After The Shawshank Redemption, filmmakers realized that no matter how bad a script is, if you cast Morgan Freeman and give him some profound voiceover narration, the film is bound at least to seem deep. That’s exactly the case with Feast of Love, a ballad on romance that explores three main characters as they strive to maintain romantic relationships. Unfortunately, even with Freeman’s legitimizing presence and quality performances all around, the film is too abstract for its own good, musing on love instead of actually exploring it at the expense of believable relationships and engaging characters. After Freeman’s character Harry Stevenson opens with a tale about how the Greek Gods invented love as a form of entertainment and then laughter to cope with it, he meets up with his pal Bradley Smith (Greg Kinnear), whose wife is playing in a community softball game. Bradley is so obsessed with the idea of his picture perfect relationship, he can’t see that his wife Kathryn (Selma Blair) is considering batting for the other team, literally. Kathryn has time enough to show her boobs in a quick lesbian sex scene before leaving Bradley and the film for good.
Before the ink even dries on his divorce papers, Bradley quickly falls for blond bombshell Diana (Radha Mitchell), who sells him a “cursed” house that they eventually share, though she remains tangled up in an affair with a married man, David (Billy Burke). As Bradley’s love life unfolds like the train wreck that it is, the film finds hope in the impetuous love affair between two young baristas Chloe (Alexa Davalos) and Oscar (Toby Hemingway). Meanwhile, Harry and his wife Esther (Jane Alexander) struggle to find their way back into one another’s arms after the shocking death of their son.
The film’s choppy structure means there is little chance for any character development as any attraction is immediately followed by a gratuitous sex scene, marriage, and then divorce, without exploring any of the subtle idiosyncrasies that make relationships relatable and interesting. The film constantly pushes the barrier of reality, especially in scenes intended for comic relief like one where Bradley’s dog is held hostage by his seven-year-old nephew. Meanwhile the actors all give extremely powerful performances especially Davalos and Freeman, but their acting falls flat because you’re never given a chance to connect to the characters. This is especially problematic for characters like David and Diana because, while love may conquer all, it doesn’t excuse cheating on your spouses and subsequently breaking their hearts.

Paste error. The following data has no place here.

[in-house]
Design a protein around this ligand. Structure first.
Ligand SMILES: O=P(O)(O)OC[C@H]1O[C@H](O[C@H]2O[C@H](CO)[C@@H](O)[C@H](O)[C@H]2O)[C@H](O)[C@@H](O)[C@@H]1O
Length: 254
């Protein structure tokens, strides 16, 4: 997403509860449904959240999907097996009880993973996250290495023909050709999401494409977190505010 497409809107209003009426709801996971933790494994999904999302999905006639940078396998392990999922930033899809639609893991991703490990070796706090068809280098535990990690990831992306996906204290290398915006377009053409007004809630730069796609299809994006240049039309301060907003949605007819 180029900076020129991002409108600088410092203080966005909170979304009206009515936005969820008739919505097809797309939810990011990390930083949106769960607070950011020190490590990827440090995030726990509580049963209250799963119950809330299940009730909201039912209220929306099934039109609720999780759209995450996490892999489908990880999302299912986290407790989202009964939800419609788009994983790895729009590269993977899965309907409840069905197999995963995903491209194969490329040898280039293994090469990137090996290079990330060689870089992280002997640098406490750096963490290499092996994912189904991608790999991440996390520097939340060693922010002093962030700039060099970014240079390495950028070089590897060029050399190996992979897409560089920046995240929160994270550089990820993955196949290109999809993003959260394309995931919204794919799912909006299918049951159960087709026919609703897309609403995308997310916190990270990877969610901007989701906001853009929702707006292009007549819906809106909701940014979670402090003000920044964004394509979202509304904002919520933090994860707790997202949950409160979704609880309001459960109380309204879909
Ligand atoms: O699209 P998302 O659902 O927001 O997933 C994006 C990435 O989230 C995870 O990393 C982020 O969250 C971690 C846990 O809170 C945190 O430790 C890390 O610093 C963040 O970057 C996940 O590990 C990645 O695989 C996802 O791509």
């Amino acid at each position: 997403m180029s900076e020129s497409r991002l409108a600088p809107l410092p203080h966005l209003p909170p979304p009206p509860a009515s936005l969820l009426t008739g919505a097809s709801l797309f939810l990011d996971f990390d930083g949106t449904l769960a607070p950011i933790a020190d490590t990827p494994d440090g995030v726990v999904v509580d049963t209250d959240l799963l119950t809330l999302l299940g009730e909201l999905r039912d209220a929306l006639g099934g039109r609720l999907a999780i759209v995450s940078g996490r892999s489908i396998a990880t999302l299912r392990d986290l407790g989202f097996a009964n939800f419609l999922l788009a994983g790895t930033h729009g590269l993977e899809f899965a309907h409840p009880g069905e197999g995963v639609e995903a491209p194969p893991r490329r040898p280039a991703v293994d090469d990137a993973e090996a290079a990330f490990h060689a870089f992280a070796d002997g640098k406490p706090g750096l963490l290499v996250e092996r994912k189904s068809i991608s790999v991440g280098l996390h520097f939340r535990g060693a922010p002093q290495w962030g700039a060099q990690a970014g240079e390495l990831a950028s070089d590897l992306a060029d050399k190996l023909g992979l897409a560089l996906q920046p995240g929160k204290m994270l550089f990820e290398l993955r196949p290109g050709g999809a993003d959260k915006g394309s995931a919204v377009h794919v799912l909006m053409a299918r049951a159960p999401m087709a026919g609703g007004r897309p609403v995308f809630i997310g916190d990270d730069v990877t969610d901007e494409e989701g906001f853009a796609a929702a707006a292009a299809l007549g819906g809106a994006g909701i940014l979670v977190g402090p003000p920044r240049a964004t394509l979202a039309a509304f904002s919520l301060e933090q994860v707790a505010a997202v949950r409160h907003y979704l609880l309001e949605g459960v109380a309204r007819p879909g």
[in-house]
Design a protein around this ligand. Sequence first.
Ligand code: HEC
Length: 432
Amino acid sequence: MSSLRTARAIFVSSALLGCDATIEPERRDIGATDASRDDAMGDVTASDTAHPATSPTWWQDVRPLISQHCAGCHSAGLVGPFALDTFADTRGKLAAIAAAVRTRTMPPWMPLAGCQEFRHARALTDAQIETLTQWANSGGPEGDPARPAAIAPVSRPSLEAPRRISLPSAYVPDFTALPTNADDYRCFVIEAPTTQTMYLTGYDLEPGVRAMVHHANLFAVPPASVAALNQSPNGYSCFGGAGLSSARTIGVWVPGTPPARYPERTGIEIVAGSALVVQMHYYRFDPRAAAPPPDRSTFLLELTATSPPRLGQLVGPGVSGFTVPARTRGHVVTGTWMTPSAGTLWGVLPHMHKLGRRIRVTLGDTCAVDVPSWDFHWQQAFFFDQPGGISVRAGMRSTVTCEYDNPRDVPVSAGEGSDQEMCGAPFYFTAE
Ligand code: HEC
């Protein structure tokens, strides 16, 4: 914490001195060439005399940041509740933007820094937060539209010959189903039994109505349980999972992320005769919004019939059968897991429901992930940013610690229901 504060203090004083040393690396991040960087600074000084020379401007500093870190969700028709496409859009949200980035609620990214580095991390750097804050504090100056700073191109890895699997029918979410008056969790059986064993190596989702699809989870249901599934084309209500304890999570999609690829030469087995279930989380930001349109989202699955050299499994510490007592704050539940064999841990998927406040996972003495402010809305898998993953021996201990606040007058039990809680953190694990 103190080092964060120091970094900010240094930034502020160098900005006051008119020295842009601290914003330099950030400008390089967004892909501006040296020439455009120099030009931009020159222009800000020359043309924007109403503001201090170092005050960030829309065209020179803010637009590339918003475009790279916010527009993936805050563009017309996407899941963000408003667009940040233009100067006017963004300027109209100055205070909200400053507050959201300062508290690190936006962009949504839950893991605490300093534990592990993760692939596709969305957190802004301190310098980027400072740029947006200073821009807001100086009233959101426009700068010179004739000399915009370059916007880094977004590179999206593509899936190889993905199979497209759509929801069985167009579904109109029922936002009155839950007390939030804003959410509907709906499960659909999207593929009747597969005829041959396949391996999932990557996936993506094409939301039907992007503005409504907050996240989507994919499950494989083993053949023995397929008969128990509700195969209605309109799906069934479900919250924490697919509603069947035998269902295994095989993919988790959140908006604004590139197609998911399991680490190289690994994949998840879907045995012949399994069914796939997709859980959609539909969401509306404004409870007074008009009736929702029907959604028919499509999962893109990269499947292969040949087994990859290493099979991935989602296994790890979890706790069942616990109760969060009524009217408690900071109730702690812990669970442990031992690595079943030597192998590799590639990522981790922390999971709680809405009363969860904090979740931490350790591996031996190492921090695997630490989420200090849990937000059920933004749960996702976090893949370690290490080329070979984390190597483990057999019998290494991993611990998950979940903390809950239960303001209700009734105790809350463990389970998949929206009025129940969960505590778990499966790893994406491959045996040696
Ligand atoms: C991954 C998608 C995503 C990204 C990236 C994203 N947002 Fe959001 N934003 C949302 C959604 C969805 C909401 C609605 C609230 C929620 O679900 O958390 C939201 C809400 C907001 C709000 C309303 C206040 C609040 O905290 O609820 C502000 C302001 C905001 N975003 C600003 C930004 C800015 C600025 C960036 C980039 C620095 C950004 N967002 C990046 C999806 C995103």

Ultimately, even Freeman’s profound summary of the film’s events isn’t that profound: “The unexpected is always upon us, and of all the gifts arrayed before me, this one thought at this moment in my life is the most precious, and so we begin again.” This line is meant to give some meaning to a film that felt more like an ode to breasts than love, but the quote, like the film itself, doesn’t really mean anything at all. This widescreen edition DVD has little in the way of features and doesn’t necessarily pop on screen, mostly because the choppy editing style makes it feel like the DVD is skipping all the time. The sound quality is also particularly disappointing – though it is offered with DTS Surround Sound and Dolby technology, I constantly had to pump up the volume or rewind just to catch what the actors were saying.
There is an interesting featurette called “The Players” that talks about the casting of the film, which is essentially an ode to the actors. You can’t help but laugh when the producer mentions casting Freeman gives the film a “bonafide quality” as if he knew that Freeman would make it seem better than it actually is. Overall, the feature is almost depressing because it highlights the quality performances from “everyman” Greg Kinnear and Radha Mitchell, which never amount to anything in the film.
The DVD is offered with Spanish subtitles but lacks any other language tracks for foreign viewers. Considering the film doesn’t exactly stand on it’s own, the DVD might have benefited from more features, especially a commentary track. I would have loved to hear the director explain some of his more abstract decisions like why he had five fifteen-second sex scenes that didn’t seem to contribute to the film whatsoever. Even a blooper reel would have been a nice addition although in the end, no amount of features could save Feast of Love from being one disappointing meal.
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